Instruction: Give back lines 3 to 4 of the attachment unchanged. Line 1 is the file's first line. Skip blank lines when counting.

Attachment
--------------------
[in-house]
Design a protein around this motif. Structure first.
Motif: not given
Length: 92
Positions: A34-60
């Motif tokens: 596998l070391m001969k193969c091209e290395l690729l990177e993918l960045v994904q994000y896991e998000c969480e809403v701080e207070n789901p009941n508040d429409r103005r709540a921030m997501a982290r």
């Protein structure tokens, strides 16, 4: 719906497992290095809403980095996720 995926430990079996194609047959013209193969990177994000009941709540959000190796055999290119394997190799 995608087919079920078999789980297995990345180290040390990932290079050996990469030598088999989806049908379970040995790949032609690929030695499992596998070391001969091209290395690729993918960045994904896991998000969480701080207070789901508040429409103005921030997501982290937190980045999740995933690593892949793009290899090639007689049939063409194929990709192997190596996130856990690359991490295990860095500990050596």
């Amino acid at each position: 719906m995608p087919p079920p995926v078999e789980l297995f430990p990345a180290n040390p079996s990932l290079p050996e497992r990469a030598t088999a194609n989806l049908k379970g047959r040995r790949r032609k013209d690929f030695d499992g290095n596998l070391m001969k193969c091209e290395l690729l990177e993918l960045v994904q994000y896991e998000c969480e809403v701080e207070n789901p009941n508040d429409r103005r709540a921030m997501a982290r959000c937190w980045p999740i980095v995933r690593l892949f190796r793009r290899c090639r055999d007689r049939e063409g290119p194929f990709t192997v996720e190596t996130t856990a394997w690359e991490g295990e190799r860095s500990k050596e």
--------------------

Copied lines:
Motif: not given
Length: 92